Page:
She tries to look over at the window again, the bars that are in the way, the round black steel poles across the great sheet of glass. Out there  – inside the fence and sharp barbed wire  – the searchlights brush the white snow, such a different light compared to ordinary street lamps. The ambulance is still there by the snow angel and the guard is slapping his arms to his sides to keep warm, and if she raises her head a bit more and lets go of the rough edge of the bed, she can see the other car as well, small, grey and completely dark.

"The waters?"




The people in green overalls are constantly touching her, talking to her. The people in white overalls are standing still with their backs to the wall.

She’s lying here for security reasons.

That’s what they said.

A risk that she might try to escape.

The waves. The fire. The pressure. The pounding. The force.

She screams.

The ribcage that is squeezed together as it passes through the birth canal and the water that is forced out and the lungs that are filled with air  – the first breath.

It’s not her. She realises now. It’s not her who’s screaming.

Something wet, warm on her stomach. A baby. Her baby. She sees it as the two hands that quickly become four hands lift it up, carry it across the room, through the door, out into the corridor, away.

The woman and the man  – the ones holding the baby, who went away with it and then came back without it  – are taking off their white coats now, jeans and a jacket underneath, and the woman reaches over for a briefcase, fills in one sheet of paper, then another and another. The others  – who’ve been standing farthest away, almost blocking the door, who haven’t spoken at all  – are wearing blue under the white. The course material of the prison service uniform, oblong name tags in hard plastic just over their left breast. The men beside them have normal suits on underneath, they’re not wearing uniforms, but she still knows that they’re police; the big one in his forties is a detective inspector and the other one’s a police trainee and not much older than her.

She doesn’t know them, and yet they’ve seen her naked, being emptied.

It had been lying on her stomach, breathing close, a wet mouth.

They should have put a blanket over the red and white skin that was soft and smooth and that no one had touched.

She looks out of the barred window again. The midwife and the nurse open the doors to the white ambulance, a mobile incubator held like a basket between them. The grey private car immediately behind, the couple in jeans and jackets open the front doors and get in, the vehiclesdrive in convoy down the asphalt strip across the yard to the high fence and sharp barbed wire, the gate slowly slides open, then one carries on towards the hospital in Örebro, whereas the other has farther to go, to the family unit in Botkyrka.

She wonders whether the shiny road is slippery, if it’s difficult to drive so far at night.

She’s not said anything for a while now.

Not when they took the baby that was resting on her tummy, not when the two vehicles left Sweden’s top security prison for women.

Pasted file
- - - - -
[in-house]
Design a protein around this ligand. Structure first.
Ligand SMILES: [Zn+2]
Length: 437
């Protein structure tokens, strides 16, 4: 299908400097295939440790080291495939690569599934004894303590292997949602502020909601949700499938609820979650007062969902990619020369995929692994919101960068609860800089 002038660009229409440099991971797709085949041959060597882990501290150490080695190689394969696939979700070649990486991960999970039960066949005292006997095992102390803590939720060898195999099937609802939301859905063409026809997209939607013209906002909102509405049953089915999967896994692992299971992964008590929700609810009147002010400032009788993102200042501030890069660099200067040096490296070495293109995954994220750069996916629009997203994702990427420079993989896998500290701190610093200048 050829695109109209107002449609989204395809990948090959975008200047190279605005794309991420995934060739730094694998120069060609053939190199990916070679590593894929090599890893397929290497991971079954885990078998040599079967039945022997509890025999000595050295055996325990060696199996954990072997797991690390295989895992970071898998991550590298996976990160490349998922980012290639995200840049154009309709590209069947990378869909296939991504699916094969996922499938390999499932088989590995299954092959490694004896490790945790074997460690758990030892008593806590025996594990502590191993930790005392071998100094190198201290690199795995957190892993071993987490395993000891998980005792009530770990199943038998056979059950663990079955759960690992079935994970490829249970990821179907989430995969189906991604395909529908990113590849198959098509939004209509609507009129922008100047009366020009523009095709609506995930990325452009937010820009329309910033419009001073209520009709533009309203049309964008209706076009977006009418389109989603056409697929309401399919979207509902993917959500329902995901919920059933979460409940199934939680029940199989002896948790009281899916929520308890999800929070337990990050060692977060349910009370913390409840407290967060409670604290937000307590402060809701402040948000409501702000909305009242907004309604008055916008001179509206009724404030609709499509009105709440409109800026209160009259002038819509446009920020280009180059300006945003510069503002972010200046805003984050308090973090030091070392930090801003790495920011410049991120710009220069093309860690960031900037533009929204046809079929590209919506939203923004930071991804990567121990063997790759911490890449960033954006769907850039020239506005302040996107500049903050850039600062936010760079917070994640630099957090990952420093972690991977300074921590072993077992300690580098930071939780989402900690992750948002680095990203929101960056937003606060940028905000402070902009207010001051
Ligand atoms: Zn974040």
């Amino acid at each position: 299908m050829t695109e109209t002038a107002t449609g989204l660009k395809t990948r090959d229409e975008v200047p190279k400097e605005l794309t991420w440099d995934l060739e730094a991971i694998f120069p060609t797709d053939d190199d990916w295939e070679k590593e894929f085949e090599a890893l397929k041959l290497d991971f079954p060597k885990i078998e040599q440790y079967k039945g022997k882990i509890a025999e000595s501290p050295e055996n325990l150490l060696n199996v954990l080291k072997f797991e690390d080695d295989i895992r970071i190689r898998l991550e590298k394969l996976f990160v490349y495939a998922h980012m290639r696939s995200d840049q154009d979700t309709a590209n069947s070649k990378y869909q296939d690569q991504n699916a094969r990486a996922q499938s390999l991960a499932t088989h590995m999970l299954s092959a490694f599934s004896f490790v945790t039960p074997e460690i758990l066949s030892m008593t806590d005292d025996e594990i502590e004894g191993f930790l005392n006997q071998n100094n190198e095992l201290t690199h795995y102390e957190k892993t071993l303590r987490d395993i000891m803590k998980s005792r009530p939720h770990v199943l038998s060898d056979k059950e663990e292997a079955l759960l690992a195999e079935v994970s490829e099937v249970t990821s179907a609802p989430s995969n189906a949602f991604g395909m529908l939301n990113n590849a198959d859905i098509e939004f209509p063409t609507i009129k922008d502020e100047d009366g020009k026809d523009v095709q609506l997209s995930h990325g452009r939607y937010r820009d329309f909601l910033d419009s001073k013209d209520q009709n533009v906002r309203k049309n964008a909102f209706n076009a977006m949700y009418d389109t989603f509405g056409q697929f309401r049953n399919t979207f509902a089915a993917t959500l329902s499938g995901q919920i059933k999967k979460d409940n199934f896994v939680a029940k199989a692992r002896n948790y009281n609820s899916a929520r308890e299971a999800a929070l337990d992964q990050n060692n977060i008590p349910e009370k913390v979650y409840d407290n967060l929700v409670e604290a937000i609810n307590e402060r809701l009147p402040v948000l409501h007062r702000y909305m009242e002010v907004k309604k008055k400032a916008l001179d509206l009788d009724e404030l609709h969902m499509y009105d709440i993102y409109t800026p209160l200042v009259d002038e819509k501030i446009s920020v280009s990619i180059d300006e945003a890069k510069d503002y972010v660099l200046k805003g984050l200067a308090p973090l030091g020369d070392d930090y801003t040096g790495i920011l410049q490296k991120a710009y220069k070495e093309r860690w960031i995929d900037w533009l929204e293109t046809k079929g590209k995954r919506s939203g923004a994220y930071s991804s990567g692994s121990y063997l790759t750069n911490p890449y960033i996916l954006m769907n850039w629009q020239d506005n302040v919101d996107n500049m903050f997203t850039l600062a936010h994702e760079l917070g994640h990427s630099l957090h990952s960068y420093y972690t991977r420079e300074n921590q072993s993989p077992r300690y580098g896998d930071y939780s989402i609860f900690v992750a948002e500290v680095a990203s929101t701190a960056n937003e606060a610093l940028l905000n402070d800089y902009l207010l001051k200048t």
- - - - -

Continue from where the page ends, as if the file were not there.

And it’s as if she can’t bear it any more, the silence.

She turns towards the only person still in the room, the one that’s a policeman in his forties, who held her to the floor, forced her out of her home.

"Did you see?"

He starts, lost in his own thoughts, or maybe he’s just forgotten what her voice sounds like.

"See what?"

She points to her tummy, which is still wet, she should maybe wipe away the clear stuff and the other stuff that’s a bit bloody.

"If it was a boy or a girl?"

With over 4 million copies sold worldwide and translated in 28 languages The New York Times bestselling authors, ex-con Börge Hellström and investigative journalist Anders Roslund combine inside knowledge of the brutal realities of criminal life with searing social criticism in complex, intelligent plots that have propelled them into the forefront of international crime writing. Now in Two Soldiers comes an explosive thriller of drugs, gang warfare, and two fatherless teenage boys on the wrong side of the law.
In a bleak Stockholm suburb where juvenile gang crime is rapidly on the rise, two 19-year-old boys, best friends since third grade and drug addicts since age 9, have spent their young lives establishing a ruthless criminal enterprise—known as the Råby Warriors. With the recruitment of children as foot soldiers, the Warriors are now poised to become the most powerful syndicate in the region.
Twenty years on the force, José Pereira now heads the Organized Crime and Gang Section in Råby. If it was not so deadly, Pereira might appreciate the absurdity of watching boys like Leon and Gabriel, raised on Hollywood images, morph themselves into characterizations of gangsters.
After Leon and Gabriel execute a maximum-security prison break, in which a female guard is kidnapped and feared murdered, Pereira is joined in his investigation by Chief Superintendent Ewert Grens, whom Roslund and Hellström readers will recognize as the maverick detective who never gives up. For Grens, this case awakens troubled ghosts from his past. Soon all four men are on a violent collision course that will irrevocably change all their lives.